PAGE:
Date of Award
Doctor of Philosophy (PhD)
Lisa S. Nored
This work is an examination of the word "militia" in American history and of the issues raised by the interpretation of the word today. The concept of militia or citizen-soldiers pre-dates American independence; it has roots in the philosophy of social authority and obligation that underlies political society itself and constitutes a vital duty of the citizen throughout history. Colonial America's domestic law enforcement and defense against the transgressions of external enemies depended in the concept of militia. Washington's army was largely composed of militia. The founding fathers of the United States recognized militia in the Second Amendment to the Constitution and their aversion to large standing armies contemplated the availability of a "well-regulated militia". The early battles of the Republic were waged by the militia. The West was won by militia, by humble citizens fulfilling their civic duty on the ancient principle of posse comitatus . Yet the concept of militia was undermined by statute in the early years of the twentieth century and the word has come to connote something negative, even sinister, in contemporary usage presenting a perplexing dilemma for both statesmen and jurists alike. This work examines that phenomenon, drawing on historical and legal sources, and surveying the contemporary debate.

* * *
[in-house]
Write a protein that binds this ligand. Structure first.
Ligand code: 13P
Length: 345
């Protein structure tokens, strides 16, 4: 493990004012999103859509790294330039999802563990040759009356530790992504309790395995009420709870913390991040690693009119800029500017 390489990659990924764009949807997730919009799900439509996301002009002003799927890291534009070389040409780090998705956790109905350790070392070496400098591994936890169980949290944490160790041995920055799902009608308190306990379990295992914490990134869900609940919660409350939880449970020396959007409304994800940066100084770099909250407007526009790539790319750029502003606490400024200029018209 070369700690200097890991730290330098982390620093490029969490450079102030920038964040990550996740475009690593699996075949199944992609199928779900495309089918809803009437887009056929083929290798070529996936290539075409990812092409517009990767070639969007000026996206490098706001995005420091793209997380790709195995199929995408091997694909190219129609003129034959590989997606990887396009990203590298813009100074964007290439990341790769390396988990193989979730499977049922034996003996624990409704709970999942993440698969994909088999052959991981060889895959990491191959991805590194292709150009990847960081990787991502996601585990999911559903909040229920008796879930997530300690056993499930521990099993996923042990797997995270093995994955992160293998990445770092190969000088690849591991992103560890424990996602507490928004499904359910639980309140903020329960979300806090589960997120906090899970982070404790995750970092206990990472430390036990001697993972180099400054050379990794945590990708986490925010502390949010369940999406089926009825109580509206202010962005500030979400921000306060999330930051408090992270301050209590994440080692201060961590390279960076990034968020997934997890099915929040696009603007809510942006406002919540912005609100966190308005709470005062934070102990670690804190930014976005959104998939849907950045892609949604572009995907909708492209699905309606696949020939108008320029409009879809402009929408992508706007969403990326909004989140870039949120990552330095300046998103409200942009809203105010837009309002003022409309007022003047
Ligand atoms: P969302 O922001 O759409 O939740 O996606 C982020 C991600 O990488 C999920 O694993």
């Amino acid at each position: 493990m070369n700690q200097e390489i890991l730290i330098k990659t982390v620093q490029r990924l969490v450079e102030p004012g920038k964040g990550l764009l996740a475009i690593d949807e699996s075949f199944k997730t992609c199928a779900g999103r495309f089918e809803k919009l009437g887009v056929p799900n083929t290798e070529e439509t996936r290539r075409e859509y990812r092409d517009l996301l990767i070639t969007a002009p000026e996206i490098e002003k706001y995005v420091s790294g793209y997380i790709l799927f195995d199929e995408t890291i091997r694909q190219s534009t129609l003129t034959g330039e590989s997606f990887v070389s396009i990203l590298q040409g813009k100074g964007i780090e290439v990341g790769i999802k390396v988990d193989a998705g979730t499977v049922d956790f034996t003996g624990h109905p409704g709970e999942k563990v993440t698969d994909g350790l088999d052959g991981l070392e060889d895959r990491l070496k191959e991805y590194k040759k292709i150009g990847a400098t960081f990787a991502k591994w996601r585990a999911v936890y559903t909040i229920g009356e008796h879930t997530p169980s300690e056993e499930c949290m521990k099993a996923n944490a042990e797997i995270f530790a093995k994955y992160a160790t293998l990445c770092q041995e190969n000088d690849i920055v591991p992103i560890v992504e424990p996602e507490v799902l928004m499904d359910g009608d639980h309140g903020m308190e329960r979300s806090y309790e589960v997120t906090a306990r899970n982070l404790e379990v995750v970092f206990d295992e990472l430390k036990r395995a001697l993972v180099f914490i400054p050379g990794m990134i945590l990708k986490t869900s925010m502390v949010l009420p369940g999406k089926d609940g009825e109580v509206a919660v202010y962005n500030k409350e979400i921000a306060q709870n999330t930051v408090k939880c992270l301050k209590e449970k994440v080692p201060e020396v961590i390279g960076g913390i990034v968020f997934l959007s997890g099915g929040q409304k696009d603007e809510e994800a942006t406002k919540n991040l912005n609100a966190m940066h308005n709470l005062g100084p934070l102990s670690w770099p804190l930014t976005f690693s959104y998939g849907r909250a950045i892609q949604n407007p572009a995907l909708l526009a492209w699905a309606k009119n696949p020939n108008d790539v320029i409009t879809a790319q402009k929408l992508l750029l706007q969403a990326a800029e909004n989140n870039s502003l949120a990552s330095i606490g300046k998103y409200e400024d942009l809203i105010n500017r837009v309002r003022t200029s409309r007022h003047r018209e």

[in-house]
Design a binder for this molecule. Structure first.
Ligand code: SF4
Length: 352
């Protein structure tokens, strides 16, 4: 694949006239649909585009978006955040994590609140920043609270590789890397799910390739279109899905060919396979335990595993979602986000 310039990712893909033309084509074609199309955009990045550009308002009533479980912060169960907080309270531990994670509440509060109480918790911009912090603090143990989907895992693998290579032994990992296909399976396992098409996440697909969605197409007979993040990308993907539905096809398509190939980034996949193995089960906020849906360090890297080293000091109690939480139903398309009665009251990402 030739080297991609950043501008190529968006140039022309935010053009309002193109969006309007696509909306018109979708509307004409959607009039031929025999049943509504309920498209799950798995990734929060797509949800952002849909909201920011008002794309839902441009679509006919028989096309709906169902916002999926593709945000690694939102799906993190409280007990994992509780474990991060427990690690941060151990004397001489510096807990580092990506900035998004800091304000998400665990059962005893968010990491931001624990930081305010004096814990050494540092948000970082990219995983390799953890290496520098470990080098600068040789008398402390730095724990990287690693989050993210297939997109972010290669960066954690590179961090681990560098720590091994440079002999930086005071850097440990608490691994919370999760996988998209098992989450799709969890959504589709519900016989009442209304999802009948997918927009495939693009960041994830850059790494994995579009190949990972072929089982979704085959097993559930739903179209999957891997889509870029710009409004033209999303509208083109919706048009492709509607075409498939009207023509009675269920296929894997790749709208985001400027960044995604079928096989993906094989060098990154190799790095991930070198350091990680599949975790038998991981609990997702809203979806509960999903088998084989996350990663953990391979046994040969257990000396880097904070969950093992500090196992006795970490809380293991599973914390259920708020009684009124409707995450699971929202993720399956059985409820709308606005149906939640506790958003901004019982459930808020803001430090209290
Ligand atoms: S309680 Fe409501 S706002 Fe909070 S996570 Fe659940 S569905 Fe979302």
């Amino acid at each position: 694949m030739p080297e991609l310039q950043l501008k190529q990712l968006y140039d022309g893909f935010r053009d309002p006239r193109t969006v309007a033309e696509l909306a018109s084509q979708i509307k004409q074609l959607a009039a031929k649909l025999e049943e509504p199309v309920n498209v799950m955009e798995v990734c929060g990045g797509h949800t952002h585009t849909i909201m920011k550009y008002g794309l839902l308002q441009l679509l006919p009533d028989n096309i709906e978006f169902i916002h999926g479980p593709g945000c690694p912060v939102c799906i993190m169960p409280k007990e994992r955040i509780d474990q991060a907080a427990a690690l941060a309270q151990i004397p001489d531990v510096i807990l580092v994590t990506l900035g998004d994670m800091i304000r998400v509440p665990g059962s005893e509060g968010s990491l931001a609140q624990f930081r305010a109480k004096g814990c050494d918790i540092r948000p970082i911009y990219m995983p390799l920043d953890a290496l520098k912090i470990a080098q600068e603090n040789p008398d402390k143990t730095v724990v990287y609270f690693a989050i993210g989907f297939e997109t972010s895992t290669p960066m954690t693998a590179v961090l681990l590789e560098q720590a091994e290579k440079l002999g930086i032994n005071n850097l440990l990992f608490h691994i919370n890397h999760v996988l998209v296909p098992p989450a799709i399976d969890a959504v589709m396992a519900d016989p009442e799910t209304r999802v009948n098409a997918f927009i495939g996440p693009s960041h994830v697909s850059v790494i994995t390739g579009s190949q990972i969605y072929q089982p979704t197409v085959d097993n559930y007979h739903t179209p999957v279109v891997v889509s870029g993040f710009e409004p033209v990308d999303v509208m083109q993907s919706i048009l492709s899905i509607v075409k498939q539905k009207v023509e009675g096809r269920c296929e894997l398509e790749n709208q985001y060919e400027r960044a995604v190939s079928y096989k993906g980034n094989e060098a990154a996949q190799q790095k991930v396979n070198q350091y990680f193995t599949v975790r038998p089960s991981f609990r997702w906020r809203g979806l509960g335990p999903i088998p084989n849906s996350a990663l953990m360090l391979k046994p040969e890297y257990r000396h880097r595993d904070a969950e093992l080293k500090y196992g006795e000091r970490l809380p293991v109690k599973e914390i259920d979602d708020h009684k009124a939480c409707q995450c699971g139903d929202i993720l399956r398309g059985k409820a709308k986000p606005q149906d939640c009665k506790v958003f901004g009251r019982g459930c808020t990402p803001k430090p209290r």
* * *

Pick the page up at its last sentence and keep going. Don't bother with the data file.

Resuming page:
Walker, Darin Ray, "American Militias" (2005). Dissertation Archive. 918.